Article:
Today I will be concluding my series on water pumps with the India Mark pump and the EMAS Flexi-Pump. One of these pumps, the India Mark, has been widely used in developing countries for decades and continues to be improved on (there is the Mark II and Mark III). The EMAS Flexi-Pump has a simpler design and is easy to make on your own. Let’s get started.
The India Mark Pump
The India Mark II was designed during the 1970’s in response to the lack of reliable hand pumps in rural areas of India (there is no Mark I). At that time most people were using cast-iron hand pumps, and actually over-using them, leading to their breakdown. In 1974 UNICEF carried out a survey in India and found that 75% of these cast-iron pumps were non-operational. This caused a bit of panic, and led to UNICEF partnering with two Government of India organizations to begin developing a more reliable hand pump.
In developing this hand pump they had several goals. One was to develop a hand pump that was sturdy and could last at least one year without needing repair. Now, to me one year doesn’t sound like a lot, and it’s not, but they needed to set a benchmark, and at the time one year was much better than what other pumps could promise. They also wanted this pump to be able to be manufactured locally, including using locally available material and components, and have it be available at a low cost (less than $200 US). Further, they wanted the pump to be user friendly and to be able to pump with minimal effort. This was due to the fact that women usually are the ones who collect water for their family. Finally, they wanted the pump to be standardized which they believed would lead to a better maintenance system, and overall more reliability.
One thing that is amazing about the development of this pump is that all of the players involved, UNICEF, MERADO, and Richardson & Cruddas, worked on development just because they knew that it was something that the rural people of India desperately needed. There was never any contract between UNICEF and either of the other two parties. They were all just working together for the greater good, something that is very rare. Further, they all agreed that once their goals were met and the pump was developed its design would become public domain, meaning anyone could gain access to the specifications and build one themselves if they had the means. Amazing!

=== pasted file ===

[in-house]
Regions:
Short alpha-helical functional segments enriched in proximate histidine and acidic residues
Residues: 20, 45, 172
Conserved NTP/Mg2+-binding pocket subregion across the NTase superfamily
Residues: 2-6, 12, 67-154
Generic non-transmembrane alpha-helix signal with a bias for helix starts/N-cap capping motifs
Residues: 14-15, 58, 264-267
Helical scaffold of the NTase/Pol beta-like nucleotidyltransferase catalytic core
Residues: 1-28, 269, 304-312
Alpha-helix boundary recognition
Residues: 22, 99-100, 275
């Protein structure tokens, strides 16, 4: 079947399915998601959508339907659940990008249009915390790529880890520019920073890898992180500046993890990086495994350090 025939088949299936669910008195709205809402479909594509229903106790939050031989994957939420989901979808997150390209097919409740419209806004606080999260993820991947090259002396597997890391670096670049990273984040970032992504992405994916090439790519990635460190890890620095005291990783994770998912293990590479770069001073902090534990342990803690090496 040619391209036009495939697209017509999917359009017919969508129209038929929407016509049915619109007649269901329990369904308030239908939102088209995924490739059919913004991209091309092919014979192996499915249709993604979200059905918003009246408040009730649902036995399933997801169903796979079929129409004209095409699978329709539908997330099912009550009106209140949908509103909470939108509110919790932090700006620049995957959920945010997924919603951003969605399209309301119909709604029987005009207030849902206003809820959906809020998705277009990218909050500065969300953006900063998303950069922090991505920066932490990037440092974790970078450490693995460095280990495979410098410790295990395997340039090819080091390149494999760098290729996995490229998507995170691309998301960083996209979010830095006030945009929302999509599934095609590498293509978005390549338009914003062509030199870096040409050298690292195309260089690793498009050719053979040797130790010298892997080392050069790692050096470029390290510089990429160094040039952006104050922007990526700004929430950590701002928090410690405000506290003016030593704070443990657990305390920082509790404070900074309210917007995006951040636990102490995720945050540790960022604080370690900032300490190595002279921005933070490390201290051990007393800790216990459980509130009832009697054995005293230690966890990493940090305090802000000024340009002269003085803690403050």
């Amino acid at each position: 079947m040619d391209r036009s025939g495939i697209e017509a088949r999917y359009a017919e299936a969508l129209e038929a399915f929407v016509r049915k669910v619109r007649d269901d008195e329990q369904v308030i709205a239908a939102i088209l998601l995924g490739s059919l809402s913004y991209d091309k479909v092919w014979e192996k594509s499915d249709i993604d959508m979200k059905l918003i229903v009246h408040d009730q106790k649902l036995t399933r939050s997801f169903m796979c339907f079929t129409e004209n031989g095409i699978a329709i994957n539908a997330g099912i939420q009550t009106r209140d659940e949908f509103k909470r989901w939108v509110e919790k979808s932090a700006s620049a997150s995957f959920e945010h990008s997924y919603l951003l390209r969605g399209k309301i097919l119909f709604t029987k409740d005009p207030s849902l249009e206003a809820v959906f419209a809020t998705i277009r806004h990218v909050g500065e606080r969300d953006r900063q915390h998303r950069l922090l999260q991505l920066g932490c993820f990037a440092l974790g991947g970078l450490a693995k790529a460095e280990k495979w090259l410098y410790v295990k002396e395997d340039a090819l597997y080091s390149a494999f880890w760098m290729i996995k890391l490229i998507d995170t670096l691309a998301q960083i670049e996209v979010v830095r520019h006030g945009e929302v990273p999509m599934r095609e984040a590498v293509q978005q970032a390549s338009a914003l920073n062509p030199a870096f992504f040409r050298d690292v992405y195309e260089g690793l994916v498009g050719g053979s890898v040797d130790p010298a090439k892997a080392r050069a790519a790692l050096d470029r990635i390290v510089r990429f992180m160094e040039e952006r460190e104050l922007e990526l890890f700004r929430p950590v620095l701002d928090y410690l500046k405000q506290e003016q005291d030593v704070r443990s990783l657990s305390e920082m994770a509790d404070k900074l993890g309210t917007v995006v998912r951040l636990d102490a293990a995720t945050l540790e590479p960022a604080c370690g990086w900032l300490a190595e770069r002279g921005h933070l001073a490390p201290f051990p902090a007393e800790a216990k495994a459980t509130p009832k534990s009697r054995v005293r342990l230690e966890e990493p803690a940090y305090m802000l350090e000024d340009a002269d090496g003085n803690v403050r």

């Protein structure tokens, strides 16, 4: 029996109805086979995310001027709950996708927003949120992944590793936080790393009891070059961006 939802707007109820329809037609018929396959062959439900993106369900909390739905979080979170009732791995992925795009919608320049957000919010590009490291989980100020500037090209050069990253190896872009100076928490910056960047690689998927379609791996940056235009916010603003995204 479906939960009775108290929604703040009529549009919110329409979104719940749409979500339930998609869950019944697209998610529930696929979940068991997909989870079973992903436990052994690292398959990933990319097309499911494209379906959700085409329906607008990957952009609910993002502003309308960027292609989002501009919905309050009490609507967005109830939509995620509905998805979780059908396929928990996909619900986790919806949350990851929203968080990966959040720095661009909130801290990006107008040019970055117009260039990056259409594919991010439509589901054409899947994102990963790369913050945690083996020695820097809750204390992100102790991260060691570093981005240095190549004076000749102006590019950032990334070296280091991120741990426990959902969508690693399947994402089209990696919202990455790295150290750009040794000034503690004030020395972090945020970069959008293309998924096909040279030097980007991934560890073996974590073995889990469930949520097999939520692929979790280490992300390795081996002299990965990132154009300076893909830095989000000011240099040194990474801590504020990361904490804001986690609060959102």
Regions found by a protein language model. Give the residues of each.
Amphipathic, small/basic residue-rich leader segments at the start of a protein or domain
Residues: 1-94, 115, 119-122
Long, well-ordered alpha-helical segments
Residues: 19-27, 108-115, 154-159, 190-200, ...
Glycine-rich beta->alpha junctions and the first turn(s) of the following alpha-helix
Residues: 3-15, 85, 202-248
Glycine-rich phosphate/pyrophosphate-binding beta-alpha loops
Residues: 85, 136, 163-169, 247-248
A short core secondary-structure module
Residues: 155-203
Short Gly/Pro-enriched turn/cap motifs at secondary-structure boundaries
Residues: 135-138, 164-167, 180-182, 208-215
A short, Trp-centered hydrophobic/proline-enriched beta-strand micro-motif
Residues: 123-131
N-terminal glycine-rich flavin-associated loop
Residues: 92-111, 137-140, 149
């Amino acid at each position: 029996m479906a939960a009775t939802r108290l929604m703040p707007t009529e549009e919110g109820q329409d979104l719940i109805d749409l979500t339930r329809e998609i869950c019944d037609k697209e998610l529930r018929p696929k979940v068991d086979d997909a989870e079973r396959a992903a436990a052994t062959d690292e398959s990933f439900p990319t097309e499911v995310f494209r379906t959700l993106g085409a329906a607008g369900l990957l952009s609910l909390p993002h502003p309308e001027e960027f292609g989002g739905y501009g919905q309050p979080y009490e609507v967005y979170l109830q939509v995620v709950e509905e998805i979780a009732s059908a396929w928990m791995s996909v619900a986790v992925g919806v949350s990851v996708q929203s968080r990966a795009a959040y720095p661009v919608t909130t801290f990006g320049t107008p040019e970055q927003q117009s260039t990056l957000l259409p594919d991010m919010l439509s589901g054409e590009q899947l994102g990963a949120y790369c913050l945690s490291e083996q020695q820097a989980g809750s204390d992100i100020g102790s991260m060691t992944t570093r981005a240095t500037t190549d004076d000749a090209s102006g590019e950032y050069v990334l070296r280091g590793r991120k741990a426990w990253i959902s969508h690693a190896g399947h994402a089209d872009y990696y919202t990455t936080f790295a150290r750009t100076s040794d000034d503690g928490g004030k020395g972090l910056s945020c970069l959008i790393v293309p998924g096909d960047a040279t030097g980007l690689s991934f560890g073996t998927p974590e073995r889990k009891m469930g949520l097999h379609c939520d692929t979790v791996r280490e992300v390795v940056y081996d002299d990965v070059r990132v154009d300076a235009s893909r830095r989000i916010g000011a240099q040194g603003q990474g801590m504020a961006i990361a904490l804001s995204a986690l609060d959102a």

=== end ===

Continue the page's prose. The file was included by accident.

By the end of 1977 they had field-tested the Mark II, with overwhelming success, and it was put into production. During 1978, 600 pumps were being manufactured per month. By 1982, 100,000 pumps had been manufactured, and by 1984 200,000 pumps were being manufactured annually. All of this adds up to four million Mark II pumps having been installed in India by 2010, and they have also been installed in many other Asian countries as well as in a number of African countries (over five million produced in total). That’s a lot of water for a lot of people!
Although the Mark II was a huge success they wanted to make it easier to maintain, and that led to the Mark III. The improvements made included redesign so that the piston and foot valve could be removed without having to remove the rising main, a change that made maintenance much easier. Actually, a study found that repairs to the Mark III took 67% less time than for the Mark II. This is great, but this change came at an increase in the cost and a limit of 30 meters being put on the depth the pump could be installed to. Studies afterward found that making the pump maintenance easier didn’t necessarily make it more desirable. It found that if people at the community level were able to fix the Mark III they could also fix the Mark II, and therefore, the rise in cost for the Mark III made it less desirable than the Mark II (not to mention that the Mark III was no more reliable than the Mark II). This study also found that maintenance cost did not come down with the introduction of the Mark III. However, even though the Mark III wasn’t as big of a hit as the Mark II, it still has everything that the Mark II had which means it’s still a great pump. Enough of the history, how does the pump work?